French government survives vote over labour reform

Protests across the country coincide with voting in parliament with 246 politicians in favour of no-confidence vote.

    French government survives vote over labour reform
    New protests called by unions and student groups coincided with the vote [EPA]

    France's Socialist government has survived a no-confidence vote in parliament after forcing through a deeply divisive labour law that has made it easier for companies to fire staff.

    With 288 votes needed to bring down the government of Prime Minister Manuel Valls, 246 politicians voted in favour of the motion, according to the official count.

    Sparking months of street protests and widespread opposition, the controversial bill, which was finally pushed through on Tuesday, retains France's cherished 35-hour working week but allows companies to organise alternative working times.

    France's labour reforms: Pro-business or pro-worker?

    Those include a working week of up to 48 hours and 12-hour days for temporary periods. In "exceptional circumstances", employees could work up to 60 hours a week.

    A no-confidence vote has only succeeded once in France's 57-year-old Fifth Republic: in 1962, when it was used to oust the government of Georges Pompidou.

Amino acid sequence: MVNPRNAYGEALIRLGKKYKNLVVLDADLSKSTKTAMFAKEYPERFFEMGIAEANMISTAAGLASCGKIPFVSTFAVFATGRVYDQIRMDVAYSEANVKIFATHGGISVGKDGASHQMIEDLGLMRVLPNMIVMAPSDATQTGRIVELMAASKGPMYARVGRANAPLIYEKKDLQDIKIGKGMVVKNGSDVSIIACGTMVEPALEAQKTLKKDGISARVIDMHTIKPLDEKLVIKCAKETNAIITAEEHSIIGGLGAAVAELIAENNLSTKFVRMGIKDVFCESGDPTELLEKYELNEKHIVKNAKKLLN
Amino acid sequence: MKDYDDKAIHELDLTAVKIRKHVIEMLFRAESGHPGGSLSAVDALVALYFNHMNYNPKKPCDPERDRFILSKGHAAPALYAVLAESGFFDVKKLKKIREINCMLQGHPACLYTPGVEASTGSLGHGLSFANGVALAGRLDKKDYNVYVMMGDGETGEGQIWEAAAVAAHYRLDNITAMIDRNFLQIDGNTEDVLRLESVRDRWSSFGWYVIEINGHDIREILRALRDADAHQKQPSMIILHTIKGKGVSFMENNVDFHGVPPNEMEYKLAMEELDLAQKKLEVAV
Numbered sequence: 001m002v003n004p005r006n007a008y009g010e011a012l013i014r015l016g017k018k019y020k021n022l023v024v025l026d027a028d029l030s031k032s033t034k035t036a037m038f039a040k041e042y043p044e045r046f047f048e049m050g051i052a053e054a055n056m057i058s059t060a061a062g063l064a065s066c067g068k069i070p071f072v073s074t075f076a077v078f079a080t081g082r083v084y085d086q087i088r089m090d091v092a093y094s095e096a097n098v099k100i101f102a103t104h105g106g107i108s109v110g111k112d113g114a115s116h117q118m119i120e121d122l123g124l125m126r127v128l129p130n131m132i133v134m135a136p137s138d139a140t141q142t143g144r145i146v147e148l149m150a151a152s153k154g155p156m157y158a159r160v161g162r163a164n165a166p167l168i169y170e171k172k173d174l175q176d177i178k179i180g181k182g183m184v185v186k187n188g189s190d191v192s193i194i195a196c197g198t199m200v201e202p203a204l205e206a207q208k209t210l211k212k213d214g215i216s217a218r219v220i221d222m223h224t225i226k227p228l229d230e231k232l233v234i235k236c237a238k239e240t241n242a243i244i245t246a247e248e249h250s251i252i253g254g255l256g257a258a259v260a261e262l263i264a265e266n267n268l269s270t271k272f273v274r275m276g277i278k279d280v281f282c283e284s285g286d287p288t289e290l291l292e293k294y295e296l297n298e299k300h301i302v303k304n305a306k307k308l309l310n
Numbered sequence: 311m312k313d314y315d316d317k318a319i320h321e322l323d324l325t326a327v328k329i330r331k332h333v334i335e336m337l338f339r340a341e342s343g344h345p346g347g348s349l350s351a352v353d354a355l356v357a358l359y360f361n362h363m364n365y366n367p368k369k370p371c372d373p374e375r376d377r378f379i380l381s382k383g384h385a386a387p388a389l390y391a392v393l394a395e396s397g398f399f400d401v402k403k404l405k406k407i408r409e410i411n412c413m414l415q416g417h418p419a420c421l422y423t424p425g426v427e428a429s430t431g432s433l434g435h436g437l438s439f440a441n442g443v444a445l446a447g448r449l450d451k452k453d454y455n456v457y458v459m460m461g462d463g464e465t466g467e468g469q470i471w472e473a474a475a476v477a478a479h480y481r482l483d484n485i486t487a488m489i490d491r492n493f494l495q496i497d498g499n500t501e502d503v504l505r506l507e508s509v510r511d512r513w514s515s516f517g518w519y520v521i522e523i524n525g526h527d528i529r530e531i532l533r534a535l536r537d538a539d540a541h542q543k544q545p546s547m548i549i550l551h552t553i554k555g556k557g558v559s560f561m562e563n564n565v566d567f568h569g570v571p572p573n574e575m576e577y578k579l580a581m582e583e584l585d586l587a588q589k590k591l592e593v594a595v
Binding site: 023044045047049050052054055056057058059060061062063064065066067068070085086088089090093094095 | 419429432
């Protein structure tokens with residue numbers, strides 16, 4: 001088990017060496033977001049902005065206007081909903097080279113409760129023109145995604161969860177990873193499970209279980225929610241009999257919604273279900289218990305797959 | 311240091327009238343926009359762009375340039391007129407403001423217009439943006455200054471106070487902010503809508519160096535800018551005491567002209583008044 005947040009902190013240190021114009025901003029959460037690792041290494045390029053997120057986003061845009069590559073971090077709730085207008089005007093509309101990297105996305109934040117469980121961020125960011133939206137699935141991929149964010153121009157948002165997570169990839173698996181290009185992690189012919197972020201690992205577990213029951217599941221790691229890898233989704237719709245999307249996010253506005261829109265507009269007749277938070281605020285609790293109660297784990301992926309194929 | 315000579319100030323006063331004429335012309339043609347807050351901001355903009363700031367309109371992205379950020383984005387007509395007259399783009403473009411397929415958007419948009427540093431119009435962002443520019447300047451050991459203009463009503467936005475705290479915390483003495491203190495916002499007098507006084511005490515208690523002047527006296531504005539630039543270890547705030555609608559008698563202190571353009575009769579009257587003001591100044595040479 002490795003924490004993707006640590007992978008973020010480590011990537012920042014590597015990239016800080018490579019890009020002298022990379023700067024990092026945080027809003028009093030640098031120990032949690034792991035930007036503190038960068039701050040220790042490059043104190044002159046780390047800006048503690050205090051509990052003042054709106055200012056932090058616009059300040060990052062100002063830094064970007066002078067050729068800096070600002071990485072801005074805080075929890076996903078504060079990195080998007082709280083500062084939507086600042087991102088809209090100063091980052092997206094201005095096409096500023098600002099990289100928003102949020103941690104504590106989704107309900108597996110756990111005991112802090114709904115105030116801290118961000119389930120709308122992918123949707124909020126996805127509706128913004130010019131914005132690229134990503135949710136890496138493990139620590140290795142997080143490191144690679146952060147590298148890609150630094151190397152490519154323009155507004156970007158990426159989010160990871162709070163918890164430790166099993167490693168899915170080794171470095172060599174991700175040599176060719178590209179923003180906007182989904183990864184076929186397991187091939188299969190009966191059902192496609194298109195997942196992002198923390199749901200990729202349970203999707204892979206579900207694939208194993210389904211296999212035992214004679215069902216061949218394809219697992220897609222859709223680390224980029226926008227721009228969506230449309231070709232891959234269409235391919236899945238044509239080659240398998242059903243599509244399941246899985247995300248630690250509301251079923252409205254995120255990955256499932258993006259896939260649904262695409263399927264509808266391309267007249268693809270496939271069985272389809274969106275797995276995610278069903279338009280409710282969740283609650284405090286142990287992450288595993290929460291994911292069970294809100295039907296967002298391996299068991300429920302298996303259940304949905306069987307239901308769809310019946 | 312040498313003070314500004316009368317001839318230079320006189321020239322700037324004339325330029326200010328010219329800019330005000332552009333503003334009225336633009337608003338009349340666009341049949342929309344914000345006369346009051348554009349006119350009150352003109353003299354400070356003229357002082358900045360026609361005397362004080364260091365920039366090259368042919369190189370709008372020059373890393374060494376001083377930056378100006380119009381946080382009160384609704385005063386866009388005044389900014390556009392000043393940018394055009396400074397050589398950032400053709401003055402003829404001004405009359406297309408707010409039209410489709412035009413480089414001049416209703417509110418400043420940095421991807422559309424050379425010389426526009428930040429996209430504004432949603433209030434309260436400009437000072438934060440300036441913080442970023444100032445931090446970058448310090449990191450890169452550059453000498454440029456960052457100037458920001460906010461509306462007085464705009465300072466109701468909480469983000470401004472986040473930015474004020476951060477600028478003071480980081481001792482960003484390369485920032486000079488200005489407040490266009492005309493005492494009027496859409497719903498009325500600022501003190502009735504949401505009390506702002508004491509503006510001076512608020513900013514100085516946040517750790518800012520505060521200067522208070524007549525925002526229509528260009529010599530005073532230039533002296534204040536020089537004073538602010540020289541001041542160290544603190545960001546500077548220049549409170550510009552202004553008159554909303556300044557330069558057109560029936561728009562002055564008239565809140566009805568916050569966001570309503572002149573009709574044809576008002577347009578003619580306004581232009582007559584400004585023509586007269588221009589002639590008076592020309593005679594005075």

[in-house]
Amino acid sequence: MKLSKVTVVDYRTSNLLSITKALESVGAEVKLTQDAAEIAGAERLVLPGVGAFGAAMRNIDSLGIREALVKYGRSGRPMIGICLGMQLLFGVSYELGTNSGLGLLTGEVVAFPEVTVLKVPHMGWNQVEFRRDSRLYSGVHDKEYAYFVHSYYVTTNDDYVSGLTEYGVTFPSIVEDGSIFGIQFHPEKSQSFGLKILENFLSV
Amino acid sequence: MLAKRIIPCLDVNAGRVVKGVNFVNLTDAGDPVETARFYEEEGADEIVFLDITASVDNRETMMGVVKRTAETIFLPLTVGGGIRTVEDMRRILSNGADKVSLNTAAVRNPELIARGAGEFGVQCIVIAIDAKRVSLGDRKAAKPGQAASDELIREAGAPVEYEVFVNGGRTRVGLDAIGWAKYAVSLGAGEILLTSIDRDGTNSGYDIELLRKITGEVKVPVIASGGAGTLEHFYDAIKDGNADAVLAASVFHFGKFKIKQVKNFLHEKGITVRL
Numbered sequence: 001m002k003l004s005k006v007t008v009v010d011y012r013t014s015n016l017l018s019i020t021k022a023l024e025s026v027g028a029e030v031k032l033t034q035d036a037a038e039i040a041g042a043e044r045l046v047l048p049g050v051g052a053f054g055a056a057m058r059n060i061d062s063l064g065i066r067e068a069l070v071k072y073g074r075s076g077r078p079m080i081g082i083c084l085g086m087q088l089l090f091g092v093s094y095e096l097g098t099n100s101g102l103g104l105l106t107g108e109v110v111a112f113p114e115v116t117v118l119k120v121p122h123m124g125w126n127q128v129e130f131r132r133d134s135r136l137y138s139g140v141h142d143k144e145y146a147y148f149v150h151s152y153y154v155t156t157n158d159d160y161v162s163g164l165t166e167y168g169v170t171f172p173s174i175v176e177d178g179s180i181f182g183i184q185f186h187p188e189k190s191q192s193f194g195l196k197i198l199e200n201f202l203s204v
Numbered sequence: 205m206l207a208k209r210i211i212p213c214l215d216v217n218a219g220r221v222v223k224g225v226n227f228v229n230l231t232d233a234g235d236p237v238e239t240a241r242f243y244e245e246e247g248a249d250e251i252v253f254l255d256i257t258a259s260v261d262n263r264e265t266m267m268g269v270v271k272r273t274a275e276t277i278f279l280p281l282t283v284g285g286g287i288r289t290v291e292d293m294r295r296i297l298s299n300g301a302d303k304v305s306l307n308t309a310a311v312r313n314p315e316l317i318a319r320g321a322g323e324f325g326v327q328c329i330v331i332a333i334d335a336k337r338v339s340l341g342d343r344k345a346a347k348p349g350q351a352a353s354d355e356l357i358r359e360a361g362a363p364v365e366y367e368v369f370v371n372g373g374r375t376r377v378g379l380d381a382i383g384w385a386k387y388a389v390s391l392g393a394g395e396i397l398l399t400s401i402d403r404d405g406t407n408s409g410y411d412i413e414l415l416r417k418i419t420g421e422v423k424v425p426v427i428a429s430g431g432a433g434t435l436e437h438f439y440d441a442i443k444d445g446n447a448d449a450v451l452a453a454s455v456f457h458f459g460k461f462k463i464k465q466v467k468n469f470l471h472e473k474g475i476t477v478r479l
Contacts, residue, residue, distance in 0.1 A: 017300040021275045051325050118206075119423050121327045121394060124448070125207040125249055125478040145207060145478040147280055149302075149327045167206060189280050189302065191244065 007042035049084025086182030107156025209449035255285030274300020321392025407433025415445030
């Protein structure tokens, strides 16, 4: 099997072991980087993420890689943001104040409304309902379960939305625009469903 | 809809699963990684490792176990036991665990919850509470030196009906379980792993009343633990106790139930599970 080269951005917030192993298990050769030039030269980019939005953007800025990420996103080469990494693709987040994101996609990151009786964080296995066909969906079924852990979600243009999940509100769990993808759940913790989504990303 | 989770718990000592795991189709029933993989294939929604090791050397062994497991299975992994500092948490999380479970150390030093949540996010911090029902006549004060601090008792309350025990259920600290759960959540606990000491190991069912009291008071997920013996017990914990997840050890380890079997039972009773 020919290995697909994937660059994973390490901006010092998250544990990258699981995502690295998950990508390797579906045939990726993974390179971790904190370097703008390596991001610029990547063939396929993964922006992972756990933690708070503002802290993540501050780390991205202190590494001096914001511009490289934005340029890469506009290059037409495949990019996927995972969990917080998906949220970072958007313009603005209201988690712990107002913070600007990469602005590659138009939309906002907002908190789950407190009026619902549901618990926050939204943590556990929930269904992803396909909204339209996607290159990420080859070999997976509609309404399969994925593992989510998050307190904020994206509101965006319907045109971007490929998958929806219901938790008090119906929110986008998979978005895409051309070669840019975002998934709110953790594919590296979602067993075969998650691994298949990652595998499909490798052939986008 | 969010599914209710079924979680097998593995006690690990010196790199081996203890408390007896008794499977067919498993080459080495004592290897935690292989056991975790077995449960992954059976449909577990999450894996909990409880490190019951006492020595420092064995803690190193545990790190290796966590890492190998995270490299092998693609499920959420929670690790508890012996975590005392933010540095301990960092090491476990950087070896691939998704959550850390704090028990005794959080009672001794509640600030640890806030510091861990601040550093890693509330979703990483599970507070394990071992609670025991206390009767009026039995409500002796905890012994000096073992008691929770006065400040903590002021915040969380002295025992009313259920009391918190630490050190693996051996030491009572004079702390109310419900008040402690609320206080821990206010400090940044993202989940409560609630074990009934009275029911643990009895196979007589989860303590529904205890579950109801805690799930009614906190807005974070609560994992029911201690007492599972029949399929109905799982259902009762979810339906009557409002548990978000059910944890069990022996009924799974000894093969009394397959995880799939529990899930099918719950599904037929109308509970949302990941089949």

Al Jazeera's Jacky Rowlands, reporting from Paris, said that among those who voted in favour were a number of Socialist MPs. 

    "The votes cast by the rebels within the party are seen as a major blow for the government," she said.

    The far-left Front de Gauche party said the goal of the no-confidence vote was not to bring down the government but to torpedo the reform.

    New protests called by unions and student groups coincided with the vote and saw secondary-school pupils blocking schools entrances with rubbish bins in Paris, and roads blocked in the western cities of Nantes and Rennes.

    'Government must listen'

    The hardline General Confederation of Labour (CGT) union has called for weekly rolling strikes at the SNCF state rail company with the head of the CGT union, Philippe Martinez, saying it was "time to move up a gear". 

    "The government must listen. Democracy must prevail, within our movement and at the National Assembly," said Martinez.

    "By ignoring us, the government will end up hitting a snag."

    Protests against the reform started on March 9, culminating in massive demonstrations on March 31 that brought 390,000 people on to the streets, according to an official count. 

    France's deeply unpopular President Francois Hollande has just over a year left in office and had been banking on the labour reform as a standout initiative with which to defend his record.

    SOURCE: Al Jazeera and agencies


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